One last comment about using any mapping software (Google Maps, for example), is to inspect the path carefully. I’ve seen mapping software make bone-headed decisions. On the planning for this trip, for example, it routed us over about 50 miles of dirt-road driving until I forced it to pick a different route by adding intermediate destinations. Once in California, the mapping software assumed that the East Pinnacles National Park and West Pinnacles National park were connected by a road – but they AREN’T. The best you could have done is carry your car about 3 miles over a foot path… And of course there are many examples where people have relied on outdated maps of places like Death Valley and ended up in a heap of hurt.

Supplies and Provisions

Because we were flying from the West Coast to the East Coast, we couldn’t possibly take all the provisions we would want on the plane. Some of the things that just were impractical to take included:

  • A cooler for drinks (plus snacks and ice)
  • A tow strap (in case we got stuck in sand or mud somewhere)
  • Bits of carpet for traction
  • Jump Start cables & jump start battery
  • Keurig Cartridges
  • Supplies, blanket / pillow
  • Gallon or more of water
  • Quart of the proper oil
  • Gallon of Bug / Windshield cleaner

And despite my normal camera-bag-full of equpiment (2 cameras, lenses, two tripods, etc), I elected to take ONE camera – the Nikon D600 – and ONE lens (24mm manual focus), and one tripod. I also took my Mavic Drone, but was only able to use it once… most locations prohibited drones, the wind was excessive in other locations, and a complication with the software made it impossible to use in one area that I wanted to use it… more on that in the Photography and Night Photography Considerations chapter.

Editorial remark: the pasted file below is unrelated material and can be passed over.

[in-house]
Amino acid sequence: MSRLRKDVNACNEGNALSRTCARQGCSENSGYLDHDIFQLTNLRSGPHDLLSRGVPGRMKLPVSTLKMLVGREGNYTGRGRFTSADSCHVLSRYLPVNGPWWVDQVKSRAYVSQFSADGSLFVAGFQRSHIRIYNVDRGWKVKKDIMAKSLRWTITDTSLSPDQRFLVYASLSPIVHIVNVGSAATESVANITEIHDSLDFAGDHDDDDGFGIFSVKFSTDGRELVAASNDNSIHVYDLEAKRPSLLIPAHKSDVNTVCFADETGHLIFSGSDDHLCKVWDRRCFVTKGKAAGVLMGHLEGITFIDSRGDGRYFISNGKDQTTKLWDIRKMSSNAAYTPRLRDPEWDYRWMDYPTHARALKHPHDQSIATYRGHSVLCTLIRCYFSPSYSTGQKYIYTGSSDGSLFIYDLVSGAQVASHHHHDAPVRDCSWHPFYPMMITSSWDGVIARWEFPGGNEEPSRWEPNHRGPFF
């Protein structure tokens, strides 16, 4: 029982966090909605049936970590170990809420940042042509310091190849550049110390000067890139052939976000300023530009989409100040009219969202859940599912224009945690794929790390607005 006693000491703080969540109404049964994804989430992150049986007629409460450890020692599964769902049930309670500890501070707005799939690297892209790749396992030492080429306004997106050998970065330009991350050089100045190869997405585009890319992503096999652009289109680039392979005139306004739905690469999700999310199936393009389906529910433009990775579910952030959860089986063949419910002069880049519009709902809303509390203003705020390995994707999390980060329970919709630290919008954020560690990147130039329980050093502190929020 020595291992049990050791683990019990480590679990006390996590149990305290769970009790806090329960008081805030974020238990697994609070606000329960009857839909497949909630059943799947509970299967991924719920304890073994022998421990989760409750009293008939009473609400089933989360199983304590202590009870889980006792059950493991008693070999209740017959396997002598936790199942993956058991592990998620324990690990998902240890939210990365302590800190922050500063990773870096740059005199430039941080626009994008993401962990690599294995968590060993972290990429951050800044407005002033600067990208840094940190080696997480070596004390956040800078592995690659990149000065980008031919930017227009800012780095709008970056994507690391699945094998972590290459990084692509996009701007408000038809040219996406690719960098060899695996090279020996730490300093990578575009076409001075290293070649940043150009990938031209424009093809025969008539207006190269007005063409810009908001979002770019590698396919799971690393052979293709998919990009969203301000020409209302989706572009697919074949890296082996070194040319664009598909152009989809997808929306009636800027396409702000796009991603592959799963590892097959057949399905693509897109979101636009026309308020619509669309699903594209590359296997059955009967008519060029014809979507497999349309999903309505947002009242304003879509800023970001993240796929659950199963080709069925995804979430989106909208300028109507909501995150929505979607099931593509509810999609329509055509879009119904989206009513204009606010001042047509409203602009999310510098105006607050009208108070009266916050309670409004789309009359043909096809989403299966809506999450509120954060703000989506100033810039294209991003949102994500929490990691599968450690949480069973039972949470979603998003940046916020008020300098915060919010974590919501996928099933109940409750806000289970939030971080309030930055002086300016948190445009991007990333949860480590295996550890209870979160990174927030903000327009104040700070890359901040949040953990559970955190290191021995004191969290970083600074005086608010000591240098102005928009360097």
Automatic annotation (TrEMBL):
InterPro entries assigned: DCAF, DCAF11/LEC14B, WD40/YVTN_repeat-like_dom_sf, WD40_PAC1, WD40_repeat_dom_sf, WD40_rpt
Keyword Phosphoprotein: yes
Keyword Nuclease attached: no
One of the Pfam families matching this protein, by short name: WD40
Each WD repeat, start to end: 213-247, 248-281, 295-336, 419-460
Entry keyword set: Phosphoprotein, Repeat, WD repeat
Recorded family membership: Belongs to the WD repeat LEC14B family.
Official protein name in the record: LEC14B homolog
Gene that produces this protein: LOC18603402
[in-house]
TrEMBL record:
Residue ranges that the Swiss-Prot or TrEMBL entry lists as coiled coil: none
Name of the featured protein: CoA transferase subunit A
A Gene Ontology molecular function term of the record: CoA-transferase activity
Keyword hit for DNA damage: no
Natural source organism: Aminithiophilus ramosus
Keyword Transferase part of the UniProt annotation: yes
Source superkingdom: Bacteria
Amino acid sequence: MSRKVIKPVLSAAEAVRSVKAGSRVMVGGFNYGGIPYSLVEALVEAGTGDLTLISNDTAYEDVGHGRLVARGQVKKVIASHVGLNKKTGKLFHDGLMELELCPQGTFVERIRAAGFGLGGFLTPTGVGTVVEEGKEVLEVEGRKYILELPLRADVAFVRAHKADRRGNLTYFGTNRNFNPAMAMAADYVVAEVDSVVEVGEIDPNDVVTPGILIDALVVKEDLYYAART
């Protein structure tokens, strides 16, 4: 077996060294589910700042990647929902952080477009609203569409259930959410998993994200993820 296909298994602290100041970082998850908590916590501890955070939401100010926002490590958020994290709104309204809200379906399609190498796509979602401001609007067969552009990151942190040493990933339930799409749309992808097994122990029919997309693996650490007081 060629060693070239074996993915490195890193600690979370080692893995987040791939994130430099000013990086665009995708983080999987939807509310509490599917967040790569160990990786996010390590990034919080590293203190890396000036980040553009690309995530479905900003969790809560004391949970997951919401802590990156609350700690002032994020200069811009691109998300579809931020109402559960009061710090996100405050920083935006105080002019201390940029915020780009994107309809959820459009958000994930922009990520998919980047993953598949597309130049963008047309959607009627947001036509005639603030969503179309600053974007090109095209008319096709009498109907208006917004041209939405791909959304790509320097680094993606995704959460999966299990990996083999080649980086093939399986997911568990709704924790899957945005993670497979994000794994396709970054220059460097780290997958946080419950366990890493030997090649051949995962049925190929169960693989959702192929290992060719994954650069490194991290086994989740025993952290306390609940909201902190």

My father’s car is an older model Lexus and so it wouldn’t be suitable for going down the bumpy off road areas where I might take an AWD high clearance vehicle like my Subaru. I also knew that some of the destinations included driving on unpaved roads. Indeed, some of the destinations that we removed from our itinerary were removed because of the off-road driving required. Since we clearly couldn’t take all needed provisions on the plane with us, and it was not clear that we would be able to acquire all that we desired, I used Amazon to order and have shipped to my father’s house the hard-to-find supplies that I needed. We figured we could pick up a cooler, snacks and drinks, water, oil and windshield cleaner along the way. Indeed, after we noticed that the first two lodgings had in-room Keurig machines, we bought Chai and Pete’s coffee cartridges. I am a Chai drinker, and my wife is a coffee snob. Only about 40% of the places we stayed had such machines, but when they had them, it meant we could enjoy our normal morning and evening beverages.

In Case of Emergency

For our peace of mind, I purchased and activated a plan on a Garmin InReach mini. I had the device shipped to my home before we left so that I could make sure it worked, and the service was active. The Inreach mini is a portable satellite communication device that can be used to track your location –

Emergency Communication and tracking